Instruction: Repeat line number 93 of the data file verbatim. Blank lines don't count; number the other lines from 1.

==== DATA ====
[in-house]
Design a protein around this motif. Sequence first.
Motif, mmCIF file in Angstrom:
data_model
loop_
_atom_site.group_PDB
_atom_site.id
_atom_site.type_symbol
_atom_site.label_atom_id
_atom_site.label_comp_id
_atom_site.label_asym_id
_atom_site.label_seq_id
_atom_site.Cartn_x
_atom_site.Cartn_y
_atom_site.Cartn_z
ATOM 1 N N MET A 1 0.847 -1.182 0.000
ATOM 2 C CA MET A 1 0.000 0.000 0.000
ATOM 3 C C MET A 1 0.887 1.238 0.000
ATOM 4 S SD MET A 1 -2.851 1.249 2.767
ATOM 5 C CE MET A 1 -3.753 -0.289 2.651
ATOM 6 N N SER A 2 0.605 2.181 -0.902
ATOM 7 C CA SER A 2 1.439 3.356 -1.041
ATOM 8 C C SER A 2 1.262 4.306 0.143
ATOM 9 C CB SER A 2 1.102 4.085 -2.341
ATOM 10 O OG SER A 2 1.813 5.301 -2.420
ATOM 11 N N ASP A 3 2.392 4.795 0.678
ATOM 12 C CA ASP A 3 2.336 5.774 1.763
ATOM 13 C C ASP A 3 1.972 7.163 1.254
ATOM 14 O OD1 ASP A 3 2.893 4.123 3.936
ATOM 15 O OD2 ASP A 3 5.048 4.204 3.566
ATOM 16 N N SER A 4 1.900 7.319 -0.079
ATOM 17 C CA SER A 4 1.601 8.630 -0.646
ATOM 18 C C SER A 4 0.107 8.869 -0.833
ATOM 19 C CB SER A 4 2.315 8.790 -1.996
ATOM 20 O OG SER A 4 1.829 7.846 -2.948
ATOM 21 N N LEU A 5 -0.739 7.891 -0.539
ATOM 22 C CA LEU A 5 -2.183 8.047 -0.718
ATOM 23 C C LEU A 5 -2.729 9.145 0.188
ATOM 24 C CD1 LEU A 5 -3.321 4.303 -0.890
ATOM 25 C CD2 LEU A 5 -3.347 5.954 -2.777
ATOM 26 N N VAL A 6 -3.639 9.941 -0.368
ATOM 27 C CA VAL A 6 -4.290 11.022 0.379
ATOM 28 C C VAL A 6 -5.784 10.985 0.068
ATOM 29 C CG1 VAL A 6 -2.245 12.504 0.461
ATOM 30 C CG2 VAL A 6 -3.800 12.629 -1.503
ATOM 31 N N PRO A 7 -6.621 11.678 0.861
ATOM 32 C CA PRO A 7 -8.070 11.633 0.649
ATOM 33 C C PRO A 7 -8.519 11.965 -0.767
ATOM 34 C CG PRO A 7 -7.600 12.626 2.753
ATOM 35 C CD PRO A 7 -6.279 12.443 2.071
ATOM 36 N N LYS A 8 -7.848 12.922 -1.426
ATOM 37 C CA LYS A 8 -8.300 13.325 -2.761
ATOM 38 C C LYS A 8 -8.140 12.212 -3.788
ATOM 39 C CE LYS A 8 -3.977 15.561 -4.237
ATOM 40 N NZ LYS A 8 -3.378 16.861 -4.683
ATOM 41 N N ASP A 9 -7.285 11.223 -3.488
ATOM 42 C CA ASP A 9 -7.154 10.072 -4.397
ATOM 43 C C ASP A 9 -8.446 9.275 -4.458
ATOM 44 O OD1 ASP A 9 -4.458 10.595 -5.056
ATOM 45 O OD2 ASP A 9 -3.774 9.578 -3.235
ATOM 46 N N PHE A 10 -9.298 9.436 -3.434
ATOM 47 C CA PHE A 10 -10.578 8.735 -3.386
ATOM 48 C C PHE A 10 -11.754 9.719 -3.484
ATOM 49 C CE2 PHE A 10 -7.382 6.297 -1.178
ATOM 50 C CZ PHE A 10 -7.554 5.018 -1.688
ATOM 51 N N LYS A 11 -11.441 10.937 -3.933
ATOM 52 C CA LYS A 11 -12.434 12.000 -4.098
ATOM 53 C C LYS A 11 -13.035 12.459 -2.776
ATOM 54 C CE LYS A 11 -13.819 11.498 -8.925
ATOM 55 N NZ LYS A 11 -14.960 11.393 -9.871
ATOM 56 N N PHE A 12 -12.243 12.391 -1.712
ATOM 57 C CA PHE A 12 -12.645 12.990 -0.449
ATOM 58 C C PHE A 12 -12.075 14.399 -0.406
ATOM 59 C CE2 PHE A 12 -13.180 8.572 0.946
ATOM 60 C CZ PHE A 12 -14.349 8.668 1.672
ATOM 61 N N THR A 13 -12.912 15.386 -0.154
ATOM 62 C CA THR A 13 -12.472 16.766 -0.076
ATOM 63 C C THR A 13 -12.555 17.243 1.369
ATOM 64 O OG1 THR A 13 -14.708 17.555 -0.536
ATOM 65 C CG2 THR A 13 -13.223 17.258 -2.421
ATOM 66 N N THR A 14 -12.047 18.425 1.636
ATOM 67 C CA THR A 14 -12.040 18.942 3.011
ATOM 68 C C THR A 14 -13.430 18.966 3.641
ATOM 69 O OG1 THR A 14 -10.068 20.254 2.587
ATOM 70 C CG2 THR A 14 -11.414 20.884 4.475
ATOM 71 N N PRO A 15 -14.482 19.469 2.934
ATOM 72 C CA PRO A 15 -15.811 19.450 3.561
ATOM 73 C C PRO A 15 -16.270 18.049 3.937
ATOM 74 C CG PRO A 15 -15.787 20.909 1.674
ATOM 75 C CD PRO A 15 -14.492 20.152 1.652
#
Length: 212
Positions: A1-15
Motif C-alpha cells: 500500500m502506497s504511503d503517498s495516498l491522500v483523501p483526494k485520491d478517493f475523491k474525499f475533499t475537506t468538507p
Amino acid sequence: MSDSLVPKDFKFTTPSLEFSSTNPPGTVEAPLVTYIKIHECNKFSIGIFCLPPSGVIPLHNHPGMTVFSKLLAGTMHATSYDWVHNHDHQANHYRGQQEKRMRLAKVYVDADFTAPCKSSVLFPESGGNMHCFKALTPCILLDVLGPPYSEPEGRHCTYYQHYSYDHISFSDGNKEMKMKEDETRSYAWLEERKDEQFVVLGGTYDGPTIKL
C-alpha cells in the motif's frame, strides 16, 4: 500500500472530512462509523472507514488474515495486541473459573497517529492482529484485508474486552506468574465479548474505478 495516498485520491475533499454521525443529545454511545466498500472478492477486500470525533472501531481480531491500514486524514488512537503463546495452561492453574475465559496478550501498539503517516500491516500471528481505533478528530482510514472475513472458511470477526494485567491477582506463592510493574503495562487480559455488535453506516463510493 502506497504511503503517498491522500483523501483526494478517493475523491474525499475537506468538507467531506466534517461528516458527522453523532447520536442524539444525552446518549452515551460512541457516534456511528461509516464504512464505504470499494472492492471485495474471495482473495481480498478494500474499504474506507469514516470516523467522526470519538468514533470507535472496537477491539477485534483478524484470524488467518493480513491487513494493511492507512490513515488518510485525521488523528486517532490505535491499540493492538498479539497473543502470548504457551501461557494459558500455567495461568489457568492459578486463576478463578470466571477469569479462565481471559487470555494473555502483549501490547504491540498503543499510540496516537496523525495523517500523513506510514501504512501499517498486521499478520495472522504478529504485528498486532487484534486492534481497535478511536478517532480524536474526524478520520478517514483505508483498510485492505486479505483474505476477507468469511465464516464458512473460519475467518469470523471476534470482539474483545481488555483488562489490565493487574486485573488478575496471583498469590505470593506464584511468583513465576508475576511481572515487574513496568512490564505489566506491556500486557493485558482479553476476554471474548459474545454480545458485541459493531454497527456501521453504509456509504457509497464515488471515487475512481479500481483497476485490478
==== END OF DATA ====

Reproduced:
Positions: A1-15